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Are all 93 octane gasoline's equal. Reason being is that I think that one of my cars does not like the grocery store chain's gas. Just as it did last year and just today, it did the same thing. Start it and it dies. Start it back up and rev it and it misses. Let off the gas and it dies. Last year I put in a bottle of HEET, and it started up and worked great. I then started to use BP 93 octane. Not other problems until today. Again, I put in the grocery store gas and drove it for 2 or 3 days.(slow learner) No problem. THen this afternoon same problem as last year. Stalling and missing. Any idea what this could be the problem? Going to buy some more HEET tomorrow. I just cannot believe that I got water in the gas twice in the same car, from the same gas station for two years. (The car goes into storage every Sept.-May)
 

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Name brand fuels like chevron,shell and texaco have additives in them. The cheep fuels are cheep for a reason. Is it really worth saving 2 cents a gallon? :anim_25:bowtie-trifivebowtie-trifive:gba:
 

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Sitting up is probably the problem. Alcohol has an affinity for water. Usually not a problem on a car that's driven often, storage is a killer.

I'm not real sure about name brand vs. the grocery store and Walmart. If the grocery store or Walmart is busy (and most are because they have good prices), their fuel should be as good as any you can buy.

I don't think the additive package in the name brand fuel is going to do anything for water. What it may do is have something to prevent carbon buildup (sometimes).

Also, if you watch this kind of thing, you may be surprised that the same tankers deliver fuel to the no name brand convenience store and to the name brand places. But that doesn't mean that the additive package is always the same. It is mixed close to the point of sale, not at the refinery.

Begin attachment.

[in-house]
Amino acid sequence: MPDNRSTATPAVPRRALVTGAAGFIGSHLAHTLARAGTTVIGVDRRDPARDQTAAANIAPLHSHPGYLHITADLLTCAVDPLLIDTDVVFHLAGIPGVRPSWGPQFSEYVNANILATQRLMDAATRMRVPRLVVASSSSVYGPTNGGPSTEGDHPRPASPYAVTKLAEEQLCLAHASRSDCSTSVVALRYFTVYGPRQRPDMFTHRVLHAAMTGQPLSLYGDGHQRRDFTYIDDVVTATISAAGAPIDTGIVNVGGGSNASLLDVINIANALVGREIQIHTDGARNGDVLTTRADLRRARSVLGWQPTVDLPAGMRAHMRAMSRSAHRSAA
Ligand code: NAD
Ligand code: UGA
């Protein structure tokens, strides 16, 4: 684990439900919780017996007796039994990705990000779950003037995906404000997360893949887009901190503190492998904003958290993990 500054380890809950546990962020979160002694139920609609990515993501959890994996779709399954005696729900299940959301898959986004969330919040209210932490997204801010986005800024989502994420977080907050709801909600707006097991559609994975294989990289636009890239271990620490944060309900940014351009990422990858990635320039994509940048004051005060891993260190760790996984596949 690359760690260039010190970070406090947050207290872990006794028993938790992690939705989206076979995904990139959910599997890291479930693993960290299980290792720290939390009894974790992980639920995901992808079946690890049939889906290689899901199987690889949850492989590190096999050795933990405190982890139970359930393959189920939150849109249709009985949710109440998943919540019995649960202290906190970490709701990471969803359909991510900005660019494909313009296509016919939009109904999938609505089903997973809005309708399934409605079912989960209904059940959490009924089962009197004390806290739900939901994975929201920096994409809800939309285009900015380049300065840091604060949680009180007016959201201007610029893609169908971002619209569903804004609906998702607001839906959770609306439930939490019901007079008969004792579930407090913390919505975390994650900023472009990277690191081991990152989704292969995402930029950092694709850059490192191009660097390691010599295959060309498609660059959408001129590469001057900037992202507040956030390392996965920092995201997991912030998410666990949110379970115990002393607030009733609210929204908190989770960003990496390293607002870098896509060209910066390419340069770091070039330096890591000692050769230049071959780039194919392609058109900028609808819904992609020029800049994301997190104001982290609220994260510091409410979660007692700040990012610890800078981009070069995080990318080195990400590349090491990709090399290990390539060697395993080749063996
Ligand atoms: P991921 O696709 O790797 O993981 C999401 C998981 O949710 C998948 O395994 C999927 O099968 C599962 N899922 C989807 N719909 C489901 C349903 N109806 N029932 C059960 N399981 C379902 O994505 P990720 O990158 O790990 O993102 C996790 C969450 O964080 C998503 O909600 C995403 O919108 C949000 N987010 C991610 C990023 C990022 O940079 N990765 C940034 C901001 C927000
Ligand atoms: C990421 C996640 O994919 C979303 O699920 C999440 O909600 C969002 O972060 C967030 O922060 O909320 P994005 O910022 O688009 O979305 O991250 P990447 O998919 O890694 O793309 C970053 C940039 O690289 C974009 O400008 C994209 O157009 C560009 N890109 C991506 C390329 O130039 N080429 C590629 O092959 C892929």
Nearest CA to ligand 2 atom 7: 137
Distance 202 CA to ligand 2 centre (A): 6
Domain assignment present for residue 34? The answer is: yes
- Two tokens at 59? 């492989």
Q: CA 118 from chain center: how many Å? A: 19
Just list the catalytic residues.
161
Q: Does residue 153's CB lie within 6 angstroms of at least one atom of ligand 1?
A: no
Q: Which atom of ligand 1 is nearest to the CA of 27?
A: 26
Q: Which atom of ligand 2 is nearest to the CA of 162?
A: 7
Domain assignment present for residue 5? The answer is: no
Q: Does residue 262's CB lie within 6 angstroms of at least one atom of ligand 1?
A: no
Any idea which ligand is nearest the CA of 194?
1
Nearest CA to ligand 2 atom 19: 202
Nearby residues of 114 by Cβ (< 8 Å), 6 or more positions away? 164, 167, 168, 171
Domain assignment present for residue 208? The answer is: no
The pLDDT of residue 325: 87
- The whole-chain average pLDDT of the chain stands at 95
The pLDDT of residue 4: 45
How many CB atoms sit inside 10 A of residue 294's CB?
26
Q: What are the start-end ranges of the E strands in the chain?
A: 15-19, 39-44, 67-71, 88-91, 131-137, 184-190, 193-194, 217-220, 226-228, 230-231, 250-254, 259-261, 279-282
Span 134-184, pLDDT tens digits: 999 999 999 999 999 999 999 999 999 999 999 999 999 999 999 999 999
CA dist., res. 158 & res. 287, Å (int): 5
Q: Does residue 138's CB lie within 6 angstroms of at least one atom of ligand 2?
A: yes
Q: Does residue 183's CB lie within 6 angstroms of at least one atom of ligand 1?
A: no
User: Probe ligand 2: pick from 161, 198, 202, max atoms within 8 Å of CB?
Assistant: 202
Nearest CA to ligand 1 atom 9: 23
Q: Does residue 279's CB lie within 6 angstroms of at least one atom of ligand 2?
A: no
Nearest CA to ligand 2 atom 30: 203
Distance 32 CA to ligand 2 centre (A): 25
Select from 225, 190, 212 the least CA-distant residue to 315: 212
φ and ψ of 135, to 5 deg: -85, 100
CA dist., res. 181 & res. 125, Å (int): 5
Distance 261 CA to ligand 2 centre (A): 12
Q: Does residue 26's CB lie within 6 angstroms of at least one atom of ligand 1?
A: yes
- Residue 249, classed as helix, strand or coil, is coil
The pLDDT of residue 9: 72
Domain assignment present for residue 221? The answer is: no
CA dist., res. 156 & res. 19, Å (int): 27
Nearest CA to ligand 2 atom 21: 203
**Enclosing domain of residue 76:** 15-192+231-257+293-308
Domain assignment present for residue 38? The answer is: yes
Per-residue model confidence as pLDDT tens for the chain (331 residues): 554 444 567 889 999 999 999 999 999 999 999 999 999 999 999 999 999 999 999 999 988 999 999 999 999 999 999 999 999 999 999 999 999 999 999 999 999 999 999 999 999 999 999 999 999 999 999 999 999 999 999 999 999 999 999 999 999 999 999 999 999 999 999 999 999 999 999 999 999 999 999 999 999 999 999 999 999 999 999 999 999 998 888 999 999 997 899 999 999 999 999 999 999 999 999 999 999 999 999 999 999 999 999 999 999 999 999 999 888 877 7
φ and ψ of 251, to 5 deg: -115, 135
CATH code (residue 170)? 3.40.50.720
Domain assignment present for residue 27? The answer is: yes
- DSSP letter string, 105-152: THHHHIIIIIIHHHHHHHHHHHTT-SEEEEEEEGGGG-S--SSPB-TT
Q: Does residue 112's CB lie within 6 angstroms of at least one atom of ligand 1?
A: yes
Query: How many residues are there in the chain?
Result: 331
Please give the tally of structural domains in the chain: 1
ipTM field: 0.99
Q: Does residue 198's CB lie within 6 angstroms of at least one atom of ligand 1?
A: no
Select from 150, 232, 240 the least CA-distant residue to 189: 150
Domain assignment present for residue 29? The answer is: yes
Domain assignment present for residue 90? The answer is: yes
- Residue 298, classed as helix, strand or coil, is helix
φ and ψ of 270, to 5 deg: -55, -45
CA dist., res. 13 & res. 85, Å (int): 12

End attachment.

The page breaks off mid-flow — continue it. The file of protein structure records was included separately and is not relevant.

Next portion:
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One of the engineers I work with's brother in-law drives an independent fuel delivery truck. He pulls up to the depot and tells them who he's delivering to and they add in the additive package for whom ever he's going to. He delivers to, Arco, Chevron, Shell, BP, Rotten Robbies (yes that's the name), and many others. The only thing I can think of that would cause problems would be the condition of the gas stations tanks.
 

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I worked at the depots on south Tampa for awhile. It is all the same fuel, until the additives are used. As mentioned, all the corn likker they are useing now is hydroscopic. It attracts moisture from the surrounding air. Kinda like brake fuild.

I have a few stations aroud that advertise straight gas for Twenty cents or so. I go to just one because I have know the guy since we were knee-high to a snakes belly. The rest could be selling the crap for a higher price for all i know

Anyway you look at it, we sure ain't getting what we pay for
 
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